I am an optimistic documenter, educator, explorer, artist and yogi.
I have a fondness for words: spoken, written, sung, designed.  

Piercings in Thailand


While I’ve seen several tattoo shops and heard whispers of friends of friends who do piercings and tattoos in Laos, on paper tattoo parlors are illegal. Visible tattoos are a rare sight on Lao nationals and with the less than all-star hygiene record, I’m not sure I’d be comfortable subjecting myself to any body modification in the country anyway. I’ve thought about getting a nose ring for a long time. I remember the librarian at my city’s library growing up had her nose pierced and being the nerdy bookworm I was, I though that was just about the coolest thing ever. I remember in college a girl I saw on the second floor of the library a lot had two piercings in one nostril. I thought she was cool too.


My most recent employer had a dress code policy that forbade piercings beyond the ears and so I bided my time and lusted after other people’s jewelry. Until now. Visiting Thailand for the weekend was the perfect opportunity to get my nose pierced. My roommate Corey already had her nose, monroe, ears, and tragus pierced. She wanted her septum pierced and I thought, great, let’s go together. She researched some tattoo parlors in Chiang Mai with dedicated piercers and good reputations. We arrived in the city around 8 p.m., dropped our stuff off at the hostel and followed the map to Sam Tattoo (18º46’58.51”N 99º00’01.48”E.) 

The shop itself was brightly lit with florescent lights. It was a stand-alone building in the corner of an outdoor plaza with a stage and seating for outdoor entertainment. A counter filled with jewelry, a couch to wait on and two chairs for tattoos or piercings took up the majority of the small space. One chair was red, the other had colorful leopard print. It seemed clean and modern. Okay, I thought, I guess I’ll do this. 


Sam, the tattoo artist was not in, he has another shop he was manning that night, but it didn’t matter since we came for piercings anyway. Amy, my other roommate had been hemming and hawing about piercing her eyebrow. I encouraged her to go for it. For $30 it seemed like a fair safe bet, if she hated it in the future, she could take it out and just have a little scar and a crazy story to tell. Our piercer’s name was Joe he had gauged ears, tattoos and spoke pretty good English. Lao is similar to the local Chiang Mai language and also shares some words with Thai. We told him we were teaching English in Vientiane. He had never been to Laos. Another Thai man and woman were hanging out in the studio playing on their phones. Were they employees? Friends? Certainly they were not customers.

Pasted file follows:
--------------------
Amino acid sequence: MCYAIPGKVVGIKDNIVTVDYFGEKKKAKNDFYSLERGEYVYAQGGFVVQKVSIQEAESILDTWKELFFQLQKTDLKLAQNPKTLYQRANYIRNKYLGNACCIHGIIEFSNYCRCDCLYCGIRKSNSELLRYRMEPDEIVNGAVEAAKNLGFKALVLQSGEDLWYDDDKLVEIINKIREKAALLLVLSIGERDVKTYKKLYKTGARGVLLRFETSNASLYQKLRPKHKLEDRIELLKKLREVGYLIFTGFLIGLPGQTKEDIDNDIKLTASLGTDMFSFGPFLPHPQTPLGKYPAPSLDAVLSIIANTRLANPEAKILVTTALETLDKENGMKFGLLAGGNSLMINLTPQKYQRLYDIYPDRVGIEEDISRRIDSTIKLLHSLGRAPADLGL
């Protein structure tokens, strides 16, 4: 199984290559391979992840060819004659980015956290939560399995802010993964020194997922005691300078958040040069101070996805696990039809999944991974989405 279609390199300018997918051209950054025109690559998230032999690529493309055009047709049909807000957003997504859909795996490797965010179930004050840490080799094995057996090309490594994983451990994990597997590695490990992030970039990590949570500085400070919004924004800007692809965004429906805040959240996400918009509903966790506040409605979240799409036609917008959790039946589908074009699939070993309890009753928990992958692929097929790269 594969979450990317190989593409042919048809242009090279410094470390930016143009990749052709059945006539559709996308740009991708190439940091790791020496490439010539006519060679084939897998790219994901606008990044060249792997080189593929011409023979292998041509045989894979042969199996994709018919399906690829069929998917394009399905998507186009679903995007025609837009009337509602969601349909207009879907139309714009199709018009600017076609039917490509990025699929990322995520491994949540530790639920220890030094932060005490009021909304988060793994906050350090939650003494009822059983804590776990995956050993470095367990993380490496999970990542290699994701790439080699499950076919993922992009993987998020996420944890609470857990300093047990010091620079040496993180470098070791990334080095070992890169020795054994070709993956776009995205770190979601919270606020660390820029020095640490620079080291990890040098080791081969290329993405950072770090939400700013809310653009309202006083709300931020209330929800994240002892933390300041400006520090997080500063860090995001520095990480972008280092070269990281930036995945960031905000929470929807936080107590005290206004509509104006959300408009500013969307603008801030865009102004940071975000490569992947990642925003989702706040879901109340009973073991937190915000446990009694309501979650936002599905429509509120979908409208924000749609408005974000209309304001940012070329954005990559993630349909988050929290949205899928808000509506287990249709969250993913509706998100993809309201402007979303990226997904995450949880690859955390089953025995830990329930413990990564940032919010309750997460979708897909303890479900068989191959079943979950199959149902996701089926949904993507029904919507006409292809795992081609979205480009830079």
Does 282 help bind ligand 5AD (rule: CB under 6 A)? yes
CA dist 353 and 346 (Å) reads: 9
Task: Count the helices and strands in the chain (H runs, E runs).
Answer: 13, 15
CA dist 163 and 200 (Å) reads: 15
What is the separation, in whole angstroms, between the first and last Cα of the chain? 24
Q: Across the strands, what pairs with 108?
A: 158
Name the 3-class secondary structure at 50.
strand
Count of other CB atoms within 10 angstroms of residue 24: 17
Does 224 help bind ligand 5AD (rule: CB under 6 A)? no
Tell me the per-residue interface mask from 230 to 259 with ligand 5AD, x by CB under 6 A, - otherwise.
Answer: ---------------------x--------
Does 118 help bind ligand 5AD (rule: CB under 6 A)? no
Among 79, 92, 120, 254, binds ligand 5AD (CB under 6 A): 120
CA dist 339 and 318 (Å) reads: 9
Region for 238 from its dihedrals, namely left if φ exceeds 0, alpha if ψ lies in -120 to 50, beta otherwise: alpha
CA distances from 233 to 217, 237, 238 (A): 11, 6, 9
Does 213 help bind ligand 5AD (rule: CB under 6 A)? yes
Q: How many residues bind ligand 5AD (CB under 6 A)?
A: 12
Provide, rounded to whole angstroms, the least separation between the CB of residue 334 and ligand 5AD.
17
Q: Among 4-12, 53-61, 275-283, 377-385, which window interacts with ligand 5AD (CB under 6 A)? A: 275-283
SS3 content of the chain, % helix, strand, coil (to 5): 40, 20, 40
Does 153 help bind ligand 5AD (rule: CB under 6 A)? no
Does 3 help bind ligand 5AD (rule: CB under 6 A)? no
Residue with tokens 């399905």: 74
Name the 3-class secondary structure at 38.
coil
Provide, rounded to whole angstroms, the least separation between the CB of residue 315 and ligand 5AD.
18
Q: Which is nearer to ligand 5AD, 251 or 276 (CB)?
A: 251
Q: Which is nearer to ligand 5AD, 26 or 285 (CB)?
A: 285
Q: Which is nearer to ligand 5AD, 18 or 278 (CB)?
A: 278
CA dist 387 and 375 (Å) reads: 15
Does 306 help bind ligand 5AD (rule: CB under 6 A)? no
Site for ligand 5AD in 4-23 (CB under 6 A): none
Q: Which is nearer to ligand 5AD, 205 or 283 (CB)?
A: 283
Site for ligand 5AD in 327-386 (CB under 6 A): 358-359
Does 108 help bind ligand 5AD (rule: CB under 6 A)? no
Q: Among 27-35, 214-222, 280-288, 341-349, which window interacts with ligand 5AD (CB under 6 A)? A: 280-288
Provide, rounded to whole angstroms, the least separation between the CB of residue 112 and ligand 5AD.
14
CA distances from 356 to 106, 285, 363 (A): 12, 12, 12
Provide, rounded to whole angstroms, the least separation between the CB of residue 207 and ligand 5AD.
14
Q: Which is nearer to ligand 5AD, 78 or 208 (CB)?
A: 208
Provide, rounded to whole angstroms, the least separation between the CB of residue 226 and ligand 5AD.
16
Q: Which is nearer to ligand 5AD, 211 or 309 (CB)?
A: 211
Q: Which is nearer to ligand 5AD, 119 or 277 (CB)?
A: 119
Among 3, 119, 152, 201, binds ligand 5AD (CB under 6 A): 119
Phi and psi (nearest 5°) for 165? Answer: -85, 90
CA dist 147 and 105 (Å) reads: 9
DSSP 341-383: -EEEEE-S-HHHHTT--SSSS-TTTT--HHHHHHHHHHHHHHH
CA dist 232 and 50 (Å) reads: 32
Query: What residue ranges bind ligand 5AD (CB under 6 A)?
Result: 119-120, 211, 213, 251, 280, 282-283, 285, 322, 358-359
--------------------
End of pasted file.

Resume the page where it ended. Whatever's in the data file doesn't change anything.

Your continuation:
Nostril piercings were $15. “Easy, two minutes,” Joe told us. He didn’t have a large selection of jewelry for septum piercings and what he had seemed too big for my petite schnoz. Slight change of plans, I’ll go for the nostril. Corey and Amy helped me pick the left one, which was fortunate since my allergies were particularly affecting my right sinuses and I had used half a pack of tissue on the flight from Bangkok. Joe told me I should go first, which I wasn't prepared for. He sat me in the red chair, donned rubber gloves, made a dot on my nose with orange marker, erased it, made another, I settled on the third placement, and a diamond stud. Gripping Amy’s hand and closing my eyes Joe worked his magic. It hurt. My eyes watered but a few seconds after it began it was over. Amy told me it looked natural. As thought I had always had it. I was satisfied. Corey’s turn. 


Corey didn’t find any jewelry to suit her face either. She settled on getting a second piercing in her right nostril á la the 2nd floor library girl from college. An old pro at facial piercings, she didn’t seem scared at all. After a few tries with the orange marker we agreed on a location that was neither too far nor too close, and not too far above or below it’s companion. Lickity split, she too was done. 


Amy chose a silver bar with silver balls on the ends. She was going to pierce her left eyebrow. I had never witnessed a surface piercing before and I wasn’t prepared for the blood. I wasn’t prepared for broken rubber gloves that needed replaced. I wasn’t prepared for the screw top silver ball to fall out of Joe’s hand on to the ground. I wasn’t prepared for the ensuing treasure hunt and sanitation of said silver ball. I held Amy’s hand, told her she was doing great and that it looked great and was going to be fine as blood dripped down her temple, her eyes closed. 


We walked back to the hostel feeling pretty great if a little tender. I bought some cotton swabs at the 7/11 and we cleaned ourselves up before bed. Amy was a bit swollen but none the worse for wear. I kept forgetting about my new hole and touching my face. Wowwie, my nerves certainly reminded my brain of what they perceived to be a gaping hole and foreign object in my face! 

It’s been about 3 weeks since the deed was done. I’ve stopped accidentally pulling my nose ring out in my sleep, jolting away in pain and having to re-insert the jewelry. Amy looks like she’s always been a badass with an eyebrow piercing and Corey has changed out her diamond for a smaller stud. I’ll let you judge for yourself, but I’m mighty pleased with the results. 

A Fresh Start

Another Farewell